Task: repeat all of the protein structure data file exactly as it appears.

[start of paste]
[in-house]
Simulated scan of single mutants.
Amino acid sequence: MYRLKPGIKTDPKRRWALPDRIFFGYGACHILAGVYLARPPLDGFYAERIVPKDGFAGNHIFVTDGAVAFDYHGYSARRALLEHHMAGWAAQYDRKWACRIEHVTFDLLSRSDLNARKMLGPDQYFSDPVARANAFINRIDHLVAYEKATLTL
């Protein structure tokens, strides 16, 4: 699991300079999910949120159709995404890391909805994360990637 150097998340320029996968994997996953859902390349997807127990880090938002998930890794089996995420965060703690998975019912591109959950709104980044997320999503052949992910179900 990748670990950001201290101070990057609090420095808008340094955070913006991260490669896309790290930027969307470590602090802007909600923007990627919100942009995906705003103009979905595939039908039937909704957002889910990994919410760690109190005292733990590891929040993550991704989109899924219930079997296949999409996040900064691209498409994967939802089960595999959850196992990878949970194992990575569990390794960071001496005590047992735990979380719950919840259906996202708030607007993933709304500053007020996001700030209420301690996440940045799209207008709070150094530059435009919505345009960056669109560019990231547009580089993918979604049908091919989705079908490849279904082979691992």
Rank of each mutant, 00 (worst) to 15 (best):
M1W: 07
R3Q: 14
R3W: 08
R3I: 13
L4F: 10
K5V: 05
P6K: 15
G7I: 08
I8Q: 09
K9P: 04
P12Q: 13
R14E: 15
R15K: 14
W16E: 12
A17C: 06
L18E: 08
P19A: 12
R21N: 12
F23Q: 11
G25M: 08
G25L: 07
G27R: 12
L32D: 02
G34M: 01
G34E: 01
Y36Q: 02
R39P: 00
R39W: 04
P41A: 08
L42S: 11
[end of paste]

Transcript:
[in-house]
Simulated scan of single mutants.
Amino acid sequence: MYRLKPGIKTDPKRRWALPDRIFFGYGACHILAGVYLARPPLDGFYAERIVPKDGFAGNHIFVTDGAVAFDYHGYSARRALLEHHMAGWAAQYDRKWACRIEHVTFDLLSRSDLNARKMLGPDQYFSDPVARANAFINRIDHLVAYEKATLTL
């Protein structure tokens, strides 16, 4: 699991300079999910949120159709995404890391909805994360990637 150097998340320029996968994997996953859902390349997807127990880090938002998930890794089996995420965060703690998975019912591109959950709104980044997320999503052949992910179900 990748670990950001201290101070990057609090420095808008340094955070913006991260490669896309790290930027969307470590602090802007909600923007990627919100942009995906705003103009979905595939039908039937909704957002889910990994919410760690109190005292733990590891929040993550991704989109899924219930079997296949999409996040900064691209498409994967939802089960595999959850196992990878949970194992990575569990390794960071001496005590047992735990979380719950919840259906996202708030607007993933709304500053007020996001700030209420301690996440940045799209207008709070150094530059435009919505345009960056669109560019990231547009580089993918979604049908091919989705079908490849279904082979691992």
Rank of each mutant, 00 (worst) to 15 (best):
M1W: 07
R3Q: 14
R3W: 08
R3I: 13
L4F: 10
K5V: 05
P6K: 15
G7I: 08
I8Q: 09
K9P: 04
P12Q: 13
R14E: 15
R15K: 14
W16E: 12
A17C: 06
L18E: 08
P19A: 12
R21N: 12
F23Q: 11
G25M: 08
G25L: 07
G27R: 12
L32D: 02
G34M: 01
G34E: 01
Y36Q: 02
R39P: 00
R39W: 04
P41A: 08
L42S: 11